Denise has just released Noize 2; the follow-up to the plugin that won their ‘you design it, we’ll build it’ competition in mid-2018. The plugin is an adaptive noise generator, designed to add a layer of noise to your audio as the audio input triggers it – the idea is that that additional sizzle of noise helps your instrument cut through a mix. It’s an effect that’s achievable within most DAWs via gates and sidechaining, but Noize 2 speeds up the process dramatically.
Noize 2 comes with a range of new features including a few new noise types, and the biggest addition, the ability to load your own samples into the noise bank along with some basic sample editing functions. I was admittedly a little sceptical of the usefulness of Noize, adding noise to your sound isn’t the most exciting sounding function. Is this something one actually needs? But I have to say, upon loading up the plugin on a drum track, I was surprised how much of a difference adding a little noise made to the character of the drums. Used subtly, adding noise adds a more natural feel to programmed drums, creating fizz in the upper frequencies — like a very slight reverb. The onboard high and low-pass filters and rise/fall shape controls allow you to tailor the layered noise to suit your desired effect.
It doesn’t end there for Noize 2 though, with the onboard sample bank, there’s room for some interesting experiments and creativity. You could use something logical like an ambient field recording and experiment with giving the illusion of your sounds being in a certain space (like a simplified convolution reverb). This is certainly what Denise had in mind anyway, released in conjunction with Noize 2 is a pack of field recordings done in Berlin by the Denise team.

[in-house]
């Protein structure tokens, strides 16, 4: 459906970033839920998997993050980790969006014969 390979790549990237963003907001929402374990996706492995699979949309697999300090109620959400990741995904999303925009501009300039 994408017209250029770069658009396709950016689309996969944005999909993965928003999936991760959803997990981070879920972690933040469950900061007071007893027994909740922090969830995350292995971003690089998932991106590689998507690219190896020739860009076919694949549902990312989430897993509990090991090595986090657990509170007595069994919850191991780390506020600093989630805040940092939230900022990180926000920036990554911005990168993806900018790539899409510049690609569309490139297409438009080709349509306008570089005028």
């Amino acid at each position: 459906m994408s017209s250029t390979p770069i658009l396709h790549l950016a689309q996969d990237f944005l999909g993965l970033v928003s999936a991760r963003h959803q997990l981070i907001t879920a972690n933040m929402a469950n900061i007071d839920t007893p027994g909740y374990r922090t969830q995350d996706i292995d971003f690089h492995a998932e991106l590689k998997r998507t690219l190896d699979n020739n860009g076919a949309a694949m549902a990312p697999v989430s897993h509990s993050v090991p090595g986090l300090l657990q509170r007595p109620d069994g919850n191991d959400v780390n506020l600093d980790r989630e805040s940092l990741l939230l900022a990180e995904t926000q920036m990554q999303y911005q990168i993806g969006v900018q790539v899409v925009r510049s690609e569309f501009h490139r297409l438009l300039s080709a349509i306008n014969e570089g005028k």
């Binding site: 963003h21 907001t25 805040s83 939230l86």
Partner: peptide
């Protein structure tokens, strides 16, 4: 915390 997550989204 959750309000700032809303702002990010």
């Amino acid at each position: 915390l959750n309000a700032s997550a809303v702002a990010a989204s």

However, you can put whatever you fancy in that sample bank. The loaded sample appears to simply loop freely of your DAW’s clock, so no real scope for syncing your loaded sample with your audio track, but it does mean you can also trim your sample down to a split second for some fun granular effects. It is a slight bummer that the start and end point of the sample are not MIDI map-able — I was hoping to modulate them via an LFO for maximum granular madness (yes, I know that’s not the intended function of this plugin, but still). Most of the other parameters are MIDI map-able though, meaning there’s absolutely scope for changing the character of your noise/sample layering over time — ideal for builds and drops.
Noize is a surprisingly versatile plugin, and one I wasn’t expecting to like so much. There’s a 7-day free trial available via the Denise website here, so give it a whirl.
Another nifty use, is to make chopped up samples sound more natural and less chopped – check out their demo: